Schaffer liked to use the term “resource” to describe these ideas.  Certain kinds of philosophical argument became “possible” (though, of course, not (more…)

Primer: William Whewell and the “Method of Hypothesis” October 15, 2008

Posted by Christopher Donohue in EWP Primer.
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William Whewell was born on 24 May 1794 and died on 6 March 1866. Harvey Becher in the essay “William Whewell’s Odyssey: From Mathematics to Moral Philosophy” gives a good sense of both the polymath quality of Whewell’s inquiries and the fundamental reality that his interdisciplinary stance reveals about Victorian science. Becher notes, in a somewhat “heroic” fashion, “During his fifty-four years at Trinity College in Cambridge University, in an age when knowledge reverberated throughout an intellectual world unencumbered by barriers erected by disciplines narrowly defined as means and ends of themselves, Whewell incessantly studied and promoted the science and pedagogy which engulfed him.” (See William Whewell: A Composite Portrait, p. 1.) Whewell wrote on subjects as diverse as geology, mineralogy, mechanics, mathematics, political economy, political theory, and architecture.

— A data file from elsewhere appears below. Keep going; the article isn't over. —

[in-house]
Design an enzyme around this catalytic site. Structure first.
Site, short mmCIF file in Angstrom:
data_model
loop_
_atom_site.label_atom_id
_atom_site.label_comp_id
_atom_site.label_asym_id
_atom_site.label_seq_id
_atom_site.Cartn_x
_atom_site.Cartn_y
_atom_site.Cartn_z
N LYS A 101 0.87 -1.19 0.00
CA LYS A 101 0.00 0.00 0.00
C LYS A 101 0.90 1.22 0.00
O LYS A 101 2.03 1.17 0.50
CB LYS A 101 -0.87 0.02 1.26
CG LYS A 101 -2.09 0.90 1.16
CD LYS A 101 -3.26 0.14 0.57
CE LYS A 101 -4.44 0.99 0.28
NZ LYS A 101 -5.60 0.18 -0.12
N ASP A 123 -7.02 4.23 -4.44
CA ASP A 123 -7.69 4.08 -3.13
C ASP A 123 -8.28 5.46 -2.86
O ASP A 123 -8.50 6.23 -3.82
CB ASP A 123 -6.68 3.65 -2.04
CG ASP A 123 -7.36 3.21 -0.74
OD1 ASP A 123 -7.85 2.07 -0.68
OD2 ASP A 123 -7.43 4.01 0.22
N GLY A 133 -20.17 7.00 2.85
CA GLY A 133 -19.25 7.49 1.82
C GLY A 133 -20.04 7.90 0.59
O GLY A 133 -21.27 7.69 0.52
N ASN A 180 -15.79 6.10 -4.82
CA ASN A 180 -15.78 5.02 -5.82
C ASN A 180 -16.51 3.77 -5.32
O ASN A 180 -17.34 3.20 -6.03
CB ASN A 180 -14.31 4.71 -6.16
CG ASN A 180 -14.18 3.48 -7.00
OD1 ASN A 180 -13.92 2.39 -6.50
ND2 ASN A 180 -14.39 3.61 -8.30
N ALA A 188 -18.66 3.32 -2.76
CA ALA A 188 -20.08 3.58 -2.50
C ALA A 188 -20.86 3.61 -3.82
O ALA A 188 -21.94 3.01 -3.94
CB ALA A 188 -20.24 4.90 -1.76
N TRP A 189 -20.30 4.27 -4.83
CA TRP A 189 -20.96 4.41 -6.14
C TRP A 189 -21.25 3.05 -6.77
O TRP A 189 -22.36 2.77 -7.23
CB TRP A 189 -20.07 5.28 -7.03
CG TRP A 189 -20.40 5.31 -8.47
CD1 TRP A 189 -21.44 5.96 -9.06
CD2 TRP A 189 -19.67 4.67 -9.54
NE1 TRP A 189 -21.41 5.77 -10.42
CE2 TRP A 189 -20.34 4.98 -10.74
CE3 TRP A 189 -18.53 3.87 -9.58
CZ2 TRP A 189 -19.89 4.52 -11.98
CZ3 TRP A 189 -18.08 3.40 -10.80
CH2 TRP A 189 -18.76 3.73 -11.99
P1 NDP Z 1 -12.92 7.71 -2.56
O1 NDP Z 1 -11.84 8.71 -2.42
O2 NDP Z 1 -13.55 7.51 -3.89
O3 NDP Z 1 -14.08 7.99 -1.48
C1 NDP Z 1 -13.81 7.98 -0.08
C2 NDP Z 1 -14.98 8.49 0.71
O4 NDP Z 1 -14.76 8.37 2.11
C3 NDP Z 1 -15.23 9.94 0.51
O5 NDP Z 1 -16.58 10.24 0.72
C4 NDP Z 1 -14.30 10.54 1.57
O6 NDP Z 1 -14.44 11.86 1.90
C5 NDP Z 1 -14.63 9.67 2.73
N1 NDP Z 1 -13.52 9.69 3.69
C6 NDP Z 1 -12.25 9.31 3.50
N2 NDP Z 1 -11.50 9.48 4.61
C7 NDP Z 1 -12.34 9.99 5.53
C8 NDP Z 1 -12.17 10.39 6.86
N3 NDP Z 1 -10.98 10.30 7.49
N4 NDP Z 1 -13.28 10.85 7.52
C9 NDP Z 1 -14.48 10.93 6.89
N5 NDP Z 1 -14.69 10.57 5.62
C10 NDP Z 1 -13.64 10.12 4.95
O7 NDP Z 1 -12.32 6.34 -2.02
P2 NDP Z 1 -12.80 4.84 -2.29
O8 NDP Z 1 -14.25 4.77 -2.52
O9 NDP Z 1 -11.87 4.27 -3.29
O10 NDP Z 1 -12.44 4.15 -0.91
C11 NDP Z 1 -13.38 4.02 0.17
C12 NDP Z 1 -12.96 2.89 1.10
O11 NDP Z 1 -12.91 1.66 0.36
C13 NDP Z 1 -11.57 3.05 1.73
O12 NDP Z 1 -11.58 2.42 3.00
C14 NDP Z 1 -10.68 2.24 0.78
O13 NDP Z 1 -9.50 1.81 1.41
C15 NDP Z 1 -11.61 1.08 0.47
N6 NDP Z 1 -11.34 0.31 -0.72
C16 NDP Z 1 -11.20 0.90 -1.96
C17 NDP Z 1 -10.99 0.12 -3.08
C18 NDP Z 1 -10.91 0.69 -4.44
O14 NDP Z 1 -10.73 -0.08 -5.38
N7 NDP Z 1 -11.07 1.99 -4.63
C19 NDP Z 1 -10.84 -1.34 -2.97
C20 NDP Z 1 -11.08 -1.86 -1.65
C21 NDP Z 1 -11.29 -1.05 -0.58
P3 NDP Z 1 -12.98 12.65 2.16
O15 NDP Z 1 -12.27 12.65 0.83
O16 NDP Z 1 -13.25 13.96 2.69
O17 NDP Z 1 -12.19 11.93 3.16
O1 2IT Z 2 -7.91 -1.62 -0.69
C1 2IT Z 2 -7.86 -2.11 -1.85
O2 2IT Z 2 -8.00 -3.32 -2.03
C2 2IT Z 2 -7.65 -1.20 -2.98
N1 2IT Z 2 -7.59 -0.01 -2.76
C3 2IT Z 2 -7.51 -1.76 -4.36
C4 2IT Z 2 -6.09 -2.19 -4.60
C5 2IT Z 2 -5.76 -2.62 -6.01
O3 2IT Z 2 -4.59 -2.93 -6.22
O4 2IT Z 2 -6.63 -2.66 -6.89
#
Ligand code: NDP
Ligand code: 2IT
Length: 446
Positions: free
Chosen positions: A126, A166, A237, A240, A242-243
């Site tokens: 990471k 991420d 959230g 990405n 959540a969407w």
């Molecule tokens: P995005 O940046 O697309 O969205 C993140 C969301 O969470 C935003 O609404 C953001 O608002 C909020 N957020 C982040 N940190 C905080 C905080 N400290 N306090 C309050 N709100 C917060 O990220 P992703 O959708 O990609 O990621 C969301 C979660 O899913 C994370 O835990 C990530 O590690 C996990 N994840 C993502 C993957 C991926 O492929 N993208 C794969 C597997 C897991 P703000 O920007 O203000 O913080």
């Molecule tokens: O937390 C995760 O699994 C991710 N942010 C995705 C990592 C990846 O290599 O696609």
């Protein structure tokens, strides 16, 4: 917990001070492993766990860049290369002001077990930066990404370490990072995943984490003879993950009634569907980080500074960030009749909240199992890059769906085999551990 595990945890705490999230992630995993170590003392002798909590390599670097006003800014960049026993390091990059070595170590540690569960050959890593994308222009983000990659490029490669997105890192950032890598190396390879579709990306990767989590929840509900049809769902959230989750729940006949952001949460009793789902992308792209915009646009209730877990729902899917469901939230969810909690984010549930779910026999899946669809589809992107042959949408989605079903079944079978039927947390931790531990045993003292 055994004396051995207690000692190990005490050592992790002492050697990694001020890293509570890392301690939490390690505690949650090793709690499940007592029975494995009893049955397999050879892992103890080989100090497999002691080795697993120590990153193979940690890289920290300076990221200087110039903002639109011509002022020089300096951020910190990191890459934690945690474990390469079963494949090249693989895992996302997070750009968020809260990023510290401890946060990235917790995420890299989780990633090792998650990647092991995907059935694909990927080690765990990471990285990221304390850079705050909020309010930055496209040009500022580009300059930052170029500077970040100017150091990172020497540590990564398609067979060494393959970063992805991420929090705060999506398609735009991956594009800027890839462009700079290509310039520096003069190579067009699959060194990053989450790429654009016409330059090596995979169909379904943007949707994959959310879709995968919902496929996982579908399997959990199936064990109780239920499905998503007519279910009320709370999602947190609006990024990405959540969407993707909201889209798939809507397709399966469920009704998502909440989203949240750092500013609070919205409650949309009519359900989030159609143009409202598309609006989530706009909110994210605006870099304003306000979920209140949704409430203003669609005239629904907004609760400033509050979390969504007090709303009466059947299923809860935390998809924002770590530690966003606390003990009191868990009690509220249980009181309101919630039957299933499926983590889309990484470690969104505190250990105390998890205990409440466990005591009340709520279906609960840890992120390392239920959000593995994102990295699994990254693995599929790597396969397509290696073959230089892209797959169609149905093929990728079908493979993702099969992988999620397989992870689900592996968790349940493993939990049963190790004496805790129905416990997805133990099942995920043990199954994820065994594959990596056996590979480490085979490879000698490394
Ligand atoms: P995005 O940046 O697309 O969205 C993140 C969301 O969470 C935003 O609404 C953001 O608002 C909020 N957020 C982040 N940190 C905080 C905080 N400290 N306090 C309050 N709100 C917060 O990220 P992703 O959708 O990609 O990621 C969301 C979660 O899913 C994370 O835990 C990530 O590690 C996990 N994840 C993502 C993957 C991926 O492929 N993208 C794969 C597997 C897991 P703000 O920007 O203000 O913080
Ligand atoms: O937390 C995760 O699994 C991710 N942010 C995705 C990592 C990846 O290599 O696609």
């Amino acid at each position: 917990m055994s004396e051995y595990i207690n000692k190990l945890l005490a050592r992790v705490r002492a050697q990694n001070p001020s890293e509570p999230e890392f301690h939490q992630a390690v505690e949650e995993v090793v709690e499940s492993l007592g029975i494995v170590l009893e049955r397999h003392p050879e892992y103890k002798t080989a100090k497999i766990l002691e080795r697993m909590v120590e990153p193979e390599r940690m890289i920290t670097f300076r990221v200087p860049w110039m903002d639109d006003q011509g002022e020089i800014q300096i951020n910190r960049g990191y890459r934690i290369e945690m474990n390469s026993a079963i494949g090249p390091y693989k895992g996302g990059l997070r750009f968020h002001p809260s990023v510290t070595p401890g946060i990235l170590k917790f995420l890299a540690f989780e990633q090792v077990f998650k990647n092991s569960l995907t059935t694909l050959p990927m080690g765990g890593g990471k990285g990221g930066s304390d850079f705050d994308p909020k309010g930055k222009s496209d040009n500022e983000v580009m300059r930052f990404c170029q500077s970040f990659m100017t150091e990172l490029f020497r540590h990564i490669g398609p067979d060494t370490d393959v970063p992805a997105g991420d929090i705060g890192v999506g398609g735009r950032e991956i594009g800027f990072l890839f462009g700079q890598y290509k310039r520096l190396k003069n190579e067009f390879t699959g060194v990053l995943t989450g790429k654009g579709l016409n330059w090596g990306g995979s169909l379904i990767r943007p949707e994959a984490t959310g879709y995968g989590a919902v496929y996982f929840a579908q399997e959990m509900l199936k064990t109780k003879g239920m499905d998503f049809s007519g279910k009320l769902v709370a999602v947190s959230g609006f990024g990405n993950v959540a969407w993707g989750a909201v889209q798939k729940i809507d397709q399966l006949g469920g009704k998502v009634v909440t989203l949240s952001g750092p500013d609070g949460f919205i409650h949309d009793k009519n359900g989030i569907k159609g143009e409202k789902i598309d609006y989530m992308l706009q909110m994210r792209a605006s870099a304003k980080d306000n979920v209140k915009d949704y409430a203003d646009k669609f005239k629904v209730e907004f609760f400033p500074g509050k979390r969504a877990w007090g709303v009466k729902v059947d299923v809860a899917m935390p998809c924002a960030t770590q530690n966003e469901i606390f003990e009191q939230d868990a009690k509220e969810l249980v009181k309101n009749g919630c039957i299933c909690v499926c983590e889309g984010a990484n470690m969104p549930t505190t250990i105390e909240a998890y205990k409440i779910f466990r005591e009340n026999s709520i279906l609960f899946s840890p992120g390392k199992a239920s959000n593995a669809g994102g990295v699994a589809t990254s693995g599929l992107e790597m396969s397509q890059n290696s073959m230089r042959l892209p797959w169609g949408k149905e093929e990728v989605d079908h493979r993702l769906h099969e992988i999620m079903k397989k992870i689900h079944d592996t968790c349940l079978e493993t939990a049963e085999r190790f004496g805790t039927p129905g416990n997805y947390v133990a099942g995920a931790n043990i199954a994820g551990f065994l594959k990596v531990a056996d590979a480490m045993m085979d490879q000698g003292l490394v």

Whewell was both a founding member and one of the first presidents of the British Association for the Advancement of Science, a fellow of the Royal Society, a president of the Geological Society, and was the Master, with intermittent controversy, of Trinity College, Cambridge. He exchanged ideas and letters with such well-known men of Victorian science as John Herschel and Charles Lyell, and exerted considerable influence on Michael Faraday. Whewell’s Bridgewater Treatise, Astronomy and general physics considered with reference to Natural Theology, published in 1830, was an important text (more…)